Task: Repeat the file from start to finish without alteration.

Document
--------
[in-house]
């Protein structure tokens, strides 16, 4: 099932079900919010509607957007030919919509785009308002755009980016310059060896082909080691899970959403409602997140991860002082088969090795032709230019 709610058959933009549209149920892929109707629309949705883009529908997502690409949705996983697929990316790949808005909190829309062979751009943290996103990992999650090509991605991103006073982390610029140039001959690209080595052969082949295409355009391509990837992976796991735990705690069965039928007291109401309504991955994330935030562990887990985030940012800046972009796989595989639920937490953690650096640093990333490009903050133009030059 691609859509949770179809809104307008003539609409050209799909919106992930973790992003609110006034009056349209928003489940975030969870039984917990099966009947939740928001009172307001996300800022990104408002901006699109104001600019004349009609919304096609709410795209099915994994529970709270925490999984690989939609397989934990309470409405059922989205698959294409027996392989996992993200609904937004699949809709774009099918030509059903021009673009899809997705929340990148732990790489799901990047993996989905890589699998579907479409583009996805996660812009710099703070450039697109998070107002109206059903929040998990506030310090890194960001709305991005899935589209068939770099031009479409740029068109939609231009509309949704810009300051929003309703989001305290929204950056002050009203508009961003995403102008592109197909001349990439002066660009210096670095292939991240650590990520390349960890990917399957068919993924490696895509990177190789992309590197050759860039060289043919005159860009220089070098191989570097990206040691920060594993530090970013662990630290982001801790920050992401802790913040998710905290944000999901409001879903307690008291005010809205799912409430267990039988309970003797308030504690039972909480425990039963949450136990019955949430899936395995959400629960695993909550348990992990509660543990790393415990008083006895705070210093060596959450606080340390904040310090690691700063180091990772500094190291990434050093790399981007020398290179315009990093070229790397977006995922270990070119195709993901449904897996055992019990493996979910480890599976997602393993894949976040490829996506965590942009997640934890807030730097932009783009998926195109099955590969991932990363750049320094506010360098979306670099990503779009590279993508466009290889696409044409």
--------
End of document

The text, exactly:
[in-house]
């Protein structure tokens, strides 16, 4: 099932079900919010509607957007030919919509785009308002755009980016310059060896082909080691899970959403409602997140991860002082088969090795032709230019 709610058959933009549209149920892929109707629309949705883009529908997502690409949705996983697929990316790949808005909190829309062979751009943290996103990992999650090509991605991103006073982390610029140039001959690209080595052969082949295409355009391509990837992976796991735990705690069965039928007291109401309504991955994330935030562990887990985030940012800046972009796989595989639920937490953690650096640093990333490009903050133009030059 691609859509949770179809809104307008003539609409050209799909919106992930973790992003609110006034009056349209928003489940975030969870039984917990099966009947939740928001009172307001996300800022990104408002901006699109104001600019004349009609919304096609709410795209099915994994529970709270925490999984690989939609397989934990309470409405059922989205698959294409027996392989996992993200609904937004699949809709774009099918030509059903021009673009899809997705929340990148732990790489799901990047993996989905890589699998579907479409583009996805996660812009710099703070450039697109998070107002109206059903929040998990506030310090890194960001709305991005899935589209068939770099031009479409740029068109939609231009509309949704810009300051929003309703989001305290929204950056002050009203508009961003995403102008592109197909001349990439002066660009210096670095292939991240650590990520390349960890990917399957068919993924490696895509990177190789992309590197050759860039060289043919005159860009220089070098191989570097990206040691920060594993530090970013662990630290982001801790920050992401802790913040998710905290944000999901409001879903307690008291005010809205799912409430267990039988309970003797308030504690039972909480425990039963949450136990019955949430899936395995959400629960695993909550348990992990509660543990790393415990008083006895705070210093060596959450606080340390904040310090690691700063180091990772500094190291990434050093790399981007020398290179315009990093070229790397977006995922270990070119195709993901449904897996055992019990493996979910480890599976997602393993894949976040490829996506965590942009997640934890807030730097932009783009998926195109099955590969991932990363750049320094506010360098979306670099990503779009590279993508466009290889696409044409």